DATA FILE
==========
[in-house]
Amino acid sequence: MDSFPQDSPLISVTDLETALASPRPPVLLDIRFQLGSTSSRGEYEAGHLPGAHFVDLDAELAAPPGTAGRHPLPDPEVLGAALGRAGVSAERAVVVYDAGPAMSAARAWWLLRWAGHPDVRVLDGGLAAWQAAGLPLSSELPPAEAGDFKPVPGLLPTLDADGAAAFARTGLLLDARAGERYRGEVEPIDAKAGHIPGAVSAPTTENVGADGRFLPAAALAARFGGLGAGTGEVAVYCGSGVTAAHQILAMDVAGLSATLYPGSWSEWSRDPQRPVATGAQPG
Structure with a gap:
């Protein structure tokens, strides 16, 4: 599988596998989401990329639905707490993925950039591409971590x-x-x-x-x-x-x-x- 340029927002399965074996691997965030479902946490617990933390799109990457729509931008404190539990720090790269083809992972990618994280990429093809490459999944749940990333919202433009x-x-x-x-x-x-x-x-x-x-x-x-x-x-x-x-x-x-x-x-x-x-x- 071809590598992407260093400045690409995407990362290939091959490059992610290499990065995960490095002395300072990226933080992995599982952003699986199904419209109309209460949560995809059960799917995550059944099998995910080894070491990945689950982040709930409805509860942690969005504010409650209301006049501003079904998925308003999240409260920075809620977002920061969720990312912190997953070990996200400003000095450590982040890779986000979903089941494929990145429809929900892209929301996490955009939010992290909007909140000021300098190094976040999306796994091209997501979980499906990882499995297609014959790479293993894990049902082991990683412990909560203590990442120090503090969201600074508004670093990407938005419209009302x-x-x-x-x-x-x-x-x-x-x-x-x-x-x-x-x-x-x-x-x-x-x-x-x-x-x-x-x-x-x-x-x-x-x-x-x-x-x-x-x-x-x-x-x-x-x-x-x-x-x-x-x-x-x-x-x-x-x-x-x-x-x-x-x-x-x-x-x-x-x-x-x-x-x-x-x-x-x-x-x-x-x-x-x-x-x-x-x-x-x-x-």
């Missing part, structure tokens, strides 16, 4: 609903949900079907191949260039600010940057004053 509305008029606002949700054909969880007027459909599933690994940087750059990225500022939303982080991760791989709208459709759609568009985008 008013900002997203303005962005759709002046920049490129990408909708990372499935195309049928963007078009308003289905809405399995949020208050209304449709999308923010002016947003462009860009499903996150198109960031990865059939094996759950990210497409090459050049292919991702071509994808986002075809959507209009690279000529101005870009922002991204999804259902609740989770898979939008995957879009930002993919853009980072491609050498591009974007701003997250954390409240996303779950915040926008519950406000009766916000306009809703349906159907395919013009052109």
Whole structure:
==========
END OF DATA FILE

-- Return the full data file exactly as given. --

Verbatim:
[in-house]
Amino acid sequence: MDSFPQDSPLISVTDLETALASPRPPVLLDIRFQLGSTSSRGEYEAGHLPGAHFVDLDAELAAPPGTAGRHPLPDPEVLGAALGRAGVSAERAVVVYDAGPAMSAARAWWLLRWAGHPDVRVLDGGLAAWQAAGLPLSSELPPAEAGDFKPVPGLLPTLDADGAAAFARTGLLLDARAGERYRGEVEPIDAKAGHIPGAVSAPTTENVGADGRFLPAAALAARFGGLGAGTGEVAVYCGSGVTAAHQILAMDVAGLSATLYPGSWSEWSRDPQRPVATGAQPG
Structure with a gap:
């Protein structure tokens, strides 16, 4: 599988596998989401990329639905707490993925950039591409971590x-x-x-x-x-x-x-x- 340029927002399965074996691997965030479902946490617990933390799109990457729509931008404190539990720090790269083809992972990618994280990429093809490459999944749940990333919202433009x-x-x-x-x-x-x-x-x-x-x-x-x-x-x-x-x-x-x-x-x-x-x- 071809590598992407260093400045690409995407990362290939091959490059992610290499990065995960490095002395300072990226933080992995599982952003699986199904419209109309209460949560995809059960799917995550059944099998995910080894070491990945689950982040709930409805509860942690969005504010409650209301006049501003079904998925308003999240409260920075809620977002920061969720990312912190997953070990996200400003000095450590982040890779986000979903089941494929990145429809929900892209929301996490955009939010992290909007909140000021300098190094976040999306796994091209997501979980499906990882499995297609014959790479293993894990049902082991990683412990909560203590990442120090503090969201600074508004670093990407938005419209009302x-x-x-x-x-x-x-x-x-x-x-x-x-x-x-x-x-x-x-x-x-x-x-x-x-x-x-x-x-x-x-x-x-x-x-x-x-x-x-x-x-x-x-x-x-x-x-x-x-x-x-x-x-x-x-x-x-x-x-x-x-x-x-x-x-x-x-x-x-x-x-x-x-x-x-x-x-x-x-x-x-x-x-x-x-x-x-x-x-x-x-x-």
């Missing part, structure tokens, strides 16, 4: 609903949900079907191949260039600010940057004053 509305008029606002949700054909969880007027459909599933690994940087750059990225500022939303982080991760791989709208459709759609568009985008 008013900002997203303005962005759709002046920049490129990408909708990372499935195309049928963007078009308003289905809405399995949020208050209304449709999308923010002016947003462009860009499903996150198109960031990865059939094996759950990210497409090459050049292919991702071509994808986002075809959507209009690279000529101005870009922002991204999804259902609740989770898979939008995957879009930002993919853009980072491609050498591009974007701003997250954390409240996303779950915040926008519950406000009766916000306009809703349906159907395919013009052109």
Whole structure: